The Role of Skepticism in the Emergence of German Idealism

In Michael Baur & Daniel Dahlstrom (eds.), The Emergence of German Idealism. Washington, DC, USA: pp. 63-91 (1999)
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Abstract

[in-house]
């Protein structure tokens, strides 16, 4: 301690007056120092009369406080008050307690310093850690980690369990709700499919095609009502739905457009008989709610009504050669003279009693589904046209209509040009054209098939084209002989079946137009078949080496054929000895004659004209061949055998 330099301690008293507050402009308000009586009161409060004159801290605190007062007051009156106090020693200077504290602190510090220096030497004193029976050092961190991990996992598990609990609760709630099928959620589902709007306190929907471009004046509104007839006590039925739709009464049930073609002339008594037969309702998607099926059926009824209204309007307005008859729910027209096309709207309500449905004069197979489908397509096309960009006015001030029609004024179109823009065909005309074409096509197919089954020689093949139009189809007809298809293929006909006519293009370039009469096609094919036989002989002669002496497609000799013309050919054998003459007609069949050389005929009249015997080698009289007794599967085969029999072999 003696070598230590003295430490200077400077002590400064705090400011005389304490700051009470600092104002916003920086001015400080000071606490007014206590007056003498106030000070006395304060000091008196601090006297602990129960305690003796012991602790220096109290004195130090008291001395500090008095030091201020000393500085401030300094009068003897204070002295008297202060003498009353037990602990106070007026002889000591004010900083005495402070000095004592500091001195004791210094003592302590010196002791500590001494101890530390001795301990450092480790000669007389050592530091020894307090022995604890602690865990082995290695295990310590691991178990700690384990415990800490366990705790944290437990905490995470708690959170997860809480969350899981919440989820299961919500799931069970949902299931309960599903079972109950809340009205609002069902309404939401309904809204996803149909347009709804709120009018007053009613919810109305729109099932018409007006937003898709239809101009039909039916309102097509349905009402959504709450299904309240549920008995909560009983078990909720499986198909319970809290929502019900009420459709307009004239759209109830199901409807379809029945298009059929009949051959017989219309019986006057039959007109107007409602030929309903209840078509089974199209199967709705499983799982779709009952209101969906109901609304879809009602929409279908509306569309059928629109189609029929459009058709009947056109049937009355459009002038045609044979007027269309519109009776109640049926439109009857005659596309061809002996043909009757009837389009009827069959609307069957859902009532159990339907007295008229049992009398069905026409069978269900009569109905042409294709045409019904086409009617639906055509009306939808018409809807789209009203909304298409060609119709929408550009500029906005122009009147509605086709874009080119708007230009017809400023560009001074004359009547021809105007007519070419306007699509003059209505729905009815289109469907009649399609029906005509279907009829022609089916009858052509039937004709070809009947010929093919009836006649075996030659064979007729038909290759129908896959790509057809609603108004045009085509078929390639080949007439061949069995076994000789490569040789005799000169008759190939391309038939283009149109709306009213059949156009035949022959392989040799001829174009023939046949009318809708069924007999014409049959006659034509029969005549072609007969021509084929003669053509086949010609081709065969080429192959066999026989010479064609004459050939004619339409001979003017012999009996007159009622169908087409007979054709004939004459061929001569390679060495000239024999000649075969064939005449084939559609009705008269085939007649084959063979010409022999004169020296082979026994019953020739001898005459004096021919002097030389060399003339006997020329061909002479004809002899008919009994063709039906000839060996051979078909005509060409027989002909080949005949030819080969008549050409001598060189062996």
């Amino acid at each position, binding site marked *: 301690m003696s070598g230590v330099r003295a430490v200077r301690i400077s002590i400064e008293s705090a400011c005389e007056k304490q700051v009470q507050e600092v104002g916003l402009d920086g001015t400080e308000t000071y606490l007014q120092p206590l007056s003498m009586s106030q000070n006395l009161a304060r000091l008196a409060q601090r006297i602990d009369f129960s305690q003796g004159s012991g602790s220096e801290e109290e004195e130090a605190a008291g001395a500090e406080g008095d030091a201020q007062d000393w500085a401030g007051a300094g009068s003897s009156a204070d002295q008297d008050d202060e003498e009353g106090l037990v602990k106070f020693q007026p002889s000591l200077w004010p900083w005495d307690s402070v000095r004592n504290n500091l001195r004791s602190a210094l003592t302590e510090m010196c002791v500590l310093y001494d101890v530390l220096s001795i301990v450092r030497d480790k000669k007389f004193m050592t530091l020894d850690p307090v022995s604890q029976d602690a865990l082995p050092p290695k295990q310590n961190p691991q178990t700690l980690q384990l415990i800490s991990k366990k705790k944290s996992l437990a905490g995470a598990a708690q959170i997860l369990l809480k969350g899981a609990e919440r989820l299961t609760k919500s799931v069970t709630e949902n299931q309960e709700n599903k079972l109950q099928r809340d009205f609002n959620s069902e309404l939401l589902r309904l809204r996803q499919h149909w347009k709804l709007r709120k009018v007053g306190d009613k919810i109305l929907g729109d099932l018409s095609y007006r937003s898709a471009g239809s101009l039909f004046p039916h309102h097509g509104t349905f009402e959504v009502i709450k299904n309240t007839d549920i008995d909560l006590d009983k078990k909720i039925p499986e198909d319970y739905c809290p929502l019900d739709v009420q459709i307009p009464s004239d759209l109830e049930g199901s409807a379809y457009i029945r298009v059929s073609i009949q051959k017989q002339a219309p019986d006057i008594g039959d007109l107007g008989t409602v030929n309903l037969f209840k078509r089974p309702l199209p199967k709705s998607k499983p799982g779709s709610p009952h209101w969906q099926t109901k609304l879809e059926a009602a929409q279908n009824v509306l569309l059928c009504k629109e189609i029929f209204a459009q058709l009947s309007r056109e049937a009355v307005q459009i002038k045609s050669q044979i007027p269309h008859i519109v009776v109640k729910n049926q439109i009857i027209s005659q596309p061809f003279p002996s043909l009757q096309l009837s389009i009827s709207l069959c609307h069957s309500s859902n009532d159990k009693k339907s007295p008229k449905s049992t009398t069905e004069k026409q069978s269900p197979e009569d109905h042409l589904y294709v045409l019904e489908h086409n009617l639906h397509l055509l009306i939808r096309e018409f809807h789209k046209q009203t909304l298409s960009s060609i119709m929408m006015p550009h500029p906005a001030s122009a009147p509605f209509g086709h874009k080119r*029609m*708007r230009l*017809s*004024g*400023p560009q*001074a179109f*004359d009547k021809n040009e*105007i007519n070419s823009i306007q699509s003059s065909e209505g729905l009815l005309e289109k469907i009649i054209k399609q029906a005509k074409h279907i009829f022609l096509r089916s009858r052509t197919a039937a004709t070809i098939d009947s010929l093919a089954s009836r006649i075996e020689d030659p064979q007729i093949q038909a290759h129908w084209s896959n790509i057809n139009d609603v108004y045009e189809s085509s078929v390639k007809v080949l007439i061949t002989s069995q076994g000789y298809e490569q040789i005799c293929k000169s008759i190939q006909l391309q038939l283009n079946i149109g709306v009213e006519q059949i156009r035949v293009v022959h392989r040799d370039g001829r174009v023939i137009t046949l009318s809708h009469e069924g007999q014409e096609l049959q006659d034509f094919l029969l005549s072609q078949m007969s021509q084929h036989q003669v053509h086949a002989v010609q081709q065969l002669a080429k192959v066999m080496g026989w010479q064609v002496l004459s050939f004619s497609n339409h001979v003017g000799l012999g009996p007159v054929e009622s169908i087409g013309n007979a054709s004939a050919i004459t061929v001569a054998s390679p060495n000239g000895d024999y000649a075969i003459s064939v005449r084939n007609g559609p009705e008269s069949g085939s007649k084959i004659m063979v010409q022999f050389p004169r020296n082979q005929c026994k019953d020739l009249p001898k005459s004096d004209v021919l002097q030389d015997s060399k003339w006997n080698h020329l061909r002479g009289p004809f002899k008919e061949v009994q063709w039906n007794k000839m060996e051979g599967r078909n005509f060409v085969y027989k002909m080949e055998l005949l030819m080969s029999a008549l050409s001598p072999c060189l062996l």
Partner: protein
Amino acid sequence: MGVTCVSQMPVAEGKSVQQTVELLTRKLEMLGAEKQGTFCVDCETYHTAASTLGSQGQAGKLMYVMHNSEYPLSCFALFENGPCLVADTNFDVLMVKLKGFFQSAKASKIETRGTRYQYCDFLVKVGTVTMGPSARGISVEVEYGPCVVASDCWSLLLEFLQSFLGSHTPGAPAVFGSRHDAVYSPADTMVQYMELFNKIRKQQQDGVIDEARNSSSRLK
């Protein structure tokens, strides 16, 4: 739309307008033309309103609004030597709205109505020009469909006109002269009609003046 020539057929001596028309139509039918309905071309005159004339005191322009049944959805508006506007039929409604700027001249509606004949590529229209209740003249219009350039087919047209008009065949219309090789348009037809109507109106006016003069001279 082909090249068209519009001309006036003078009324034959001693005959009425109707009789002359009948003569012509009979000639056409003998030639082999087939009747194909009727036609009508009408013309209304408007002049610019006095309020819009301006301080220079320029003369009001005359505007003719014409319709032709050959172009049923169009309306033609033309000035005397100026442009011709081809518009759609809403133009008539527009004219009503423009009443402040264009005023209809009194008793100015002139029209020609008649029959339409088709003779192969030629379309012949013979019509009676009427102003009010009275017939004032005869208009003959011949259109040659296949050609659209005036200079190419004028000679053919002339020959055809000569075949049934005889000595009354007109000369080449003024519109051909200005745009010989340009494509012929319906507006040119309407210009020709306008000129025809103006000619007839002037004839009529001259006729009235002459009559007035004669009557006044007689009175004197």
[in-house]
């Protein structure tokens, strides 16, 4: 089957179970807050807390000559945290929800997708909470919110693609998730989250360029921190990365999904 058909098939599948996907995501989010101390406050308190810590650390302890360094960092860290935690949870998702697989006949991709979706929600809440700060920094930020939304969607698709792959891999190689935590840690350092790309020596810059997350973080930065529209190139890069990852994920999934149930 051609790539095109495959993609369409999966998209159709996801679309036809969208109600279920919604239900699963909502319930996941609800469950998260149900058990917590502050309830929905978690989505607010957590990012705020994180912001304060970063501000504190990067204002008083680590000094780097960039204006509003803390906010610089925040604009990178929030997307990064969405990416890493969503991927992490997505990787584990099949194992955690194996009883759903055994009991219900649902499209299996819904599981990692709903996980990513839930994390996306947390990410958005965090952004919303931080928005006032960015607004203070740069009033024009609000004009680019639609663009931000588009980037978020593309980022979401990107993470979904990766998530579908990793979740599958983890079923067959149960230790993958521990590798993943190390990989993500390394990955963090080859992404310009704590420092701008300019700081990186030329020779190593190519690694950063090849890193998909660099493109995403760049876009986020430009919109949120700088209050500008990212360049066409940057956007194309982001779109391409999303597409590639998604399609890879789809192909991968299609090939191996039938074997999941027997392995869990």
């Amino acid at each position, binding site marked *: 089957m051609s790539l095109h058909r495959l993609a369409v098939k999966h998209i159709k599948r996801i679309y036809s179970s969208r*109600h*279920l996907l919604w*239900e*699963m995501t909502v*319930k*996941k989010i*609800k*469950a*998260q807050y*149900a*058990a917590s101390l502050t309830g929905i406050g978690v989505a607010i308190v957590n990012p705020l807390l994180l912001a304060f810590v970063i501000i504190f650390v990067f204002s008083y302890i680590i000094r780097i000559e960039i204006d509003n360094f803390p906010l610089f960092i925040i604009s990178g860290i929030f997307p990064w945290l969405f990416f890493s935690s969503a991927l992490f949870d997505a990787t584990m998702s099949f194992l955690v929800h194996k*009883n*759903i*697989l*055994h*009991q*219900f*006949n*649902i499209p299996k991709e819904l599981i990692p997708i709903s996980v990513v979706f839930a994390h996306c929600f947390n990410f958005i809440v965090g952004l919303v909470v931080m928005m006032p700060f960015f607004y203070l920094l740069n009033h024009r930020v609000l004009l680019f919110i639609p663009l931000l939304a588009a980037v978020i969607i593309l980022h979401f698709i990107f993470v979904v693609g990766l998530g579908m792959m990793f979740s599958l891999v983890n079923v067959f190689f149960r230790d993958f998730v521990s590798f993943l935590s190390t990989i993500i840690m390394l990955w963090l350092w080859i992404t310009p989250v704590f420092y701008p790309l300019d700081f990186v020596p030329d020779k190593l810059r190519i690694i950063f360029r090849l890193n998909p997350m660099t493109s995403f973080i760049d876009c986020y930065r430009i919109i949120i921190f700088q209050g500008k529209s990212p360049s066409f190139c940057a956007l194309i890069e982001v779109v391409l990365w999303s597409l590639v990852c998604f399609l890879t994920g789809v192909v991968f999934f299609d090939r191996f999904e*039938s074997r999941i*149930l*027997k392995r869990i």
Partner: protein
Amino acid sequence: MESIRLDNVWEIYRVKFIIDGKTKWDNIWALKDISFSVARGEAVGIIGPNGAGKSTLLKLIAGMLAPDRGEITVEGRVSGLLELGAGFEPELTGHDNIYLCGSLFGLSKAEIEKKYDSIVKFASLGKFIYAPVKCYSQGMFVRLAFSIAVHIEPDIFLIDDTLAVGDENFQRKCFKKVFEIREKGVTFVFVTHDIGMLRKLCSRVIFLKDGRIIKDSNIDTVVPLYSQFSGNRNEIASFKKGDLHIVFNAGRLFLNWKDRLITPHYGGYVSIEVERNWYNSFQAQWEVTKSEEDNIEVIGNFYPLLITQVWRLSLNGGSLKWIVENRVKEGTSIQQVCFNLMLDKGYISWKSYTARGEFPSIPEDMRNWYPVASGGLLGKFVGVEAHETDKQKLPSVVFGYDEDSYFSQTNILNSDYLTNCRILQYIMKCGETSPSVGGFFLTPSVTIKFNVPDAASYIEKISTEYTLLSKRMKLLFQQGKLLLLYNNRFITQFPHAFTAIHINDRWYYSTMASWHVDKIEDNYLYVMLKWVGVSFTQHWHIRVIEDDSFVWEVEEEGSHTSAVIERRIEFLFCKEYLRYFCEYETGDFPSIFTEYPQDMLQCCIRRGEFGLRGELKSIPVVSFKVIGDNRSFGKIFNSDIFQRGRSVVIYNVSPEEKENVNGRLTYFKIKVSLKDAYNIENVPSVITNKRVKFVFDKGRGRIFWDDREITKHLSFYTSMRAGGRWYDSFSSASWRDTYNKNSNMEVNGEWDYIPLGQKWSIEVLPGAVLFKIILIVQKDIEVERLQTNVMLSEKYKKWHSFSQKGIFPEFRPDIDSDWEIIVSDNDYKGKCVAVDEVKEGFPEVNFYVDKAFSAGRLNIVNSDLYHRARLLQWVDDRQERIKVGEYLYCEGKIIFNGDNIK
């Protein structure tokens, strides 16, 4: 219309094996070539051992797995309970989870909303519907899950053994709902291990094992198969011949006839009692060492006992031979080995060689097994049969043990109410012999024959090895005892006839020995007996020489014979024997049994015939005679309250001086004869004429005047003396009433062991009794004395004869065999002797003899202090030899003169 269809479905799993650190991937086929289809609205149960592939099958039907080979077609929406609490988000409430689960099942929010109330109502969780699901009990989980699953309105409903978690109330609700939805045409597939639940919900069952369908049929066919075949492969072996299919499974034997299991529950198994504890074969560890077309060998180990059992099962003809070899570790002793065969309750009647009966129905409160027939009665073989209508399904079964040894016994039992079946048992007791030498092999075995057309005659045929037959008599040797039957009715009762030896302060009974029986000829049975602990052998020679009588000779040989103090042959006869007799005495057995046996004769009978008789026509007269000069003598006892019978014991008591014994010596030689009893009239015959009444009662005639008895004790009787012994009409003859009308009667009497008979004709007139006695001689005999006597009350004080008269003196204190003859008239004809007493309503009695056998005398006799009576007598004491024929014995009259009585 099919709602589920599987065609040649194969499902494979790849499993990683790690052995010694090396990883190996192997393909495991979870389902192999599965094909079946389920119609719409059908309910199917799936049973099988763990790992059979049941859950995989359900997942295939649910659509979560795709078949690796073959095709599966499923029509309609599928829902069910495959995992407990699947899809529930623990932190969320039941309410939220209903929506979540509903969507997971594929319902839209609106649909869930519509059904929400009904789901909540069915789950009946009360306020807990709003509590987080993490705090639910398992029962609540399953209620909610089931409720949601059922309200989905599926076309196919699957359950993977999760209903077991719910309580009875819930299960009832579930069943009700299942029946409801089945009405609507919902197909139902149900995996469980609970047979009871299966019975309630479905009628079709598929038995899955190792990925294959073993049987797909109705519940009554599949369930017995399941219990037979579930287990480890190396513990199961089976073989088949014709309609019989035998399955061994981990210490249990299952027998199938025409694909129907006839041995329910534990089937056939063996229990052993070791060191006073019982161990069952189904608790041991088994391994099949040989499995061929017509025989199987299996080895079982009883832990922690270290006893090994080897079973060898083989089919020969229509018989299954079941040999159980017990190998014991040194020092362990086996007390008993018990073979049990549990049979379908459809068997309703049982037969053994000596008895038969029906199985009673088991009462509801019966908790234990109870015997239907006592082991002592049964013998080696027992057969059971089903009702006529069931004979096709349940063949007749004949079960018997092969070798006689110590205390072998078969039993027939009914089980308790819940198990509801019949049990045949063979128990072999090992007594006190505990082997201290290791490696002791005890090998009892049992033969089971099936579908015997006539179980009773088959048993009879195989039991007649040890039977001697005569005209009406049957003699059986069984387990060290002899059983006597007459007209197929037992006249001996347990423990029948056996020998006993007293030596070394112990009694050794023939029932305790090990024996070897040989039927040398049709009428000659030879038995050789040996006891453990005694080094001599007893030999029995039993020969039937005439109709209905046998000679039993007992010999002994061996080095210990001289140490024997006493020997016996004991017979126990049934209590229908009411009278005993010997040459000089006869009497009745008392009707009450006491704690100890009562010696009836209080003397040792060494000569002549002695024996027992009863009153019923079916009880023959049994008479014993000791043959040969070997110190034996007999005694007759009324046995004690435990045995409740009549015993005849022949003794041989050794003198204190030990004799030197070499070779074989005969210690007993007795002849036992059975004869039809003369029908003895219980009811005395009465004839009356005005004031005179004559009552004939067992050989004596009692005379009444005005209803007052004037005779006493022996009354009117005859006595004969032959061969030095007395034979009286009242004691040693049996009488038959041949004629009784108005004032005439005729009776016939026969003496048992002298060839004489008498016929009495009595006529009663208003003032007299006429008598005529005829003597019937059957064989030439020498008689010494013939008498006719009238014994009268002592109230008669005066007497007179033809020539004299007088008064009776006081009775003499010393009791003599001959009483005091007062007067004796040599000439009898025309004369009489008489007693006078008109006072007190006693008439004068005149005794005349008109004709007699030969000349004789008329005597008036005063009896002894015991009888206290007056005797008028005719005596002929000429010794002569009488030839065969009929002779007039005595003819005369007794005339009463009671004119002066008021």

According to Immanuel Kant’s well-known account of his own intellectual development, it was the skeptic David Hume who roused him from his dogmatic slumber. According to some popular accounts of post-Kantian philosophy, it was the soporific speculation of the idealists that quickly returned German philosophy to the Procrustean bed of unverifiable metaphysics, where it dogmatically slept for half of the nineteenth century. This popular picture of post-Kantian German philosophy receives some apparent support from the relevant evidence. After all, Kant had allegedly demonstrated the illegitimacy of all metaphysical speculation that transcends the bounds of experience, and the writings of the German idealists - filled as they are with references to what is putatively “absolute” and “unconditioned” - seem to violate Kant’s strictures. In place of this popular conception, I seek to sketch out a rather difference picture of German idealism. The development of post-Kantian German idealism is best described, not as a turning away from skepticism, but rather as a radicalization of it. The radicalization of skepticism from Kant through Fichte to Hegel, however, does not lead away from systematic philosophy. The movement of thought from Kant to Hegel coincides with the gradual realization that skeptical thought is not external to systematic philosophy, but is in fact internal to, or even identical with it. This thesis concerning the progressive “radicalization” or “internalization” of skepticism in German idealism receives some prima facie support form the relevant writings of Kant, Fichte, and Hegel.
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